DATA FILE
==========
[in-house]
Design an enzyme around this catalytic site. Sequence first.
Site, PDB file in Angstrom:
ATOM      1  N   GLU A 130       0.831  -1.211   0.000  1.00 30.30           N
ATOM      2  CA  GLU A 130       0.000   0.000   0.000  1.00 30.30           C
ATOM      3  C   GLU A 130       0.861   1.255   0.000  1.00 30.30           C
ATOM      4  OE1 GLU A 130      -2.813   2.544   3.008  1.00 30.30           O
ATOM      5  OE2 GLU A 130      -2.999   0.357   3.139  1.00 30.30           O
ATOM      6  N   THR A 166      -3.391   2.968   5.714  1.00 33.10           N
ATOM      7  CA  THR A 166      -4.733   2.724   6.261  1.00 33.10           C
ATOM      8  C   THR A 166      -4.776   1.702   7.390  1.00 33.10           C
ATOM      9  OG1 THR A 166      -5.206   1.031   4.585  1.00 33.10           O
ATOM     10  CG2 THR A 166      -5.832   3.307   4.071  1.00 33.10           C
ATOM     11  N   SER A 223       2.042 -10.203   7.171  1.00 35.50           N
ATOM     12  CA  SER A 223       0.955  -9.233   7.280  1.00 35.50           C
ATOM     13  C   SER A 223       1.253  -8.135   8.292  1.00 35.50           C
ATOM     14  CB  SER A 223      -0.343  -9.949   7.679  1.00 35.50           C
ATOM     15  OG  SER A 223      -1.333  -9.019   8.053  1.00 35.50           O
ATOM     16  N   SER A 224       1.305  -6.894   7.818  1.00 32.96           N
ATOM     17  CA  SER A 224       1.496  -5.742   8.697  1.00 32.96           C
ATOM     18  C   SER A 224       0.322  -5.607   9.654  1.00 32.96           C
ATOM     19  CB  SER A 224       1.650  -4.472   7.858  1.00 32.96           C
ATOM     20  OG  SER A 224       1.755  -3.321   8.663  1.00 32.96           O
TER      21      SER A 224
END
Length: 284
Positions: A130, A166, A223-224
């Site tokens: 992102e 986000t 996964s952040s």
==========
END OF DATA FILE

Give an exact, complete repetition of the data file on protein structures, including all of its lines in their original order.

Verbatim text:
[in-house]
Design an enzyme around this catalytic site. Sequence first.
Site, PDB file in Angstrom:
ATOM      1  N   GLU A 130       0.831  -1.211   0.000  1.00 30.30           N
ATOM      2  CA  GLU A 130       0.000   0.000   0.000  1.00 30.30           C
ATOM      3  C   GLU A 130       0.861   1.255   0.000  1.00 30.30           C
ATOM      4  OE1 GLU A 130      -2.813   2.544   3.008  1.00 30.30           O
ATOM      5  OE2 GLU A 130      -2.999   0.357   3.139  1.00 30.30           O
ATOM      6  N   THR A 166      -3.391   2.968   5.714  1.00 33.10           N
ATOM      7  CA  THR A 166      -4.733   2.724   6.261  1.00 33.10           C
ATOM      8  C   THR A 166      -4.776   1.702   7.390  1.00 33.10           C
ATOM      9  OG1 THR A 166      -5.206   1.031   4.585  1.00 33.10           O
ATOM     10  CG2 THR A 166      -5.832   3.307   4.071  1.00 33.10           C
ATOM     11  N   SER A 223       2.042 -10.203   7.171  1.00 35.50           N
ATOM     12  CA  SER A 223       0.955  -9.233   7.280  1.00 35.50           C
ATOM     13  C   SER A 223       1.253  -8.135   8.292  1.00 35.50           C
ATOM     14  CB  SER A 223      -0.343  -9.949   7.679  1.00 35.50           C
ATOM     15  OG  SER A 223      -1.333  -9.019   8.053  1.00 35.50           O
ATOM     16  N   SER A 224       1.305  -6.894   7.818  1.00 32.96           N
ATOM     17  CA  SER A 224       1.496  -5.742   8.697  1.00 32.96           C
ATOM     18  C   SER A 224       0.322  -5.607   9.654  1.00 32.96           C
ATOM     19  CB  SER A 224       1.650  -4.472   7.858  1.00 32.96           C
ATOM     20  OG  SER A 224       1.755  -3.321   8.663  1.00 32.96           O
TER      21      SER A 224
END
Length: 284
Positions: A130, A166, A223-224
């Site tokens: 992102e 986000t 996964s952040s």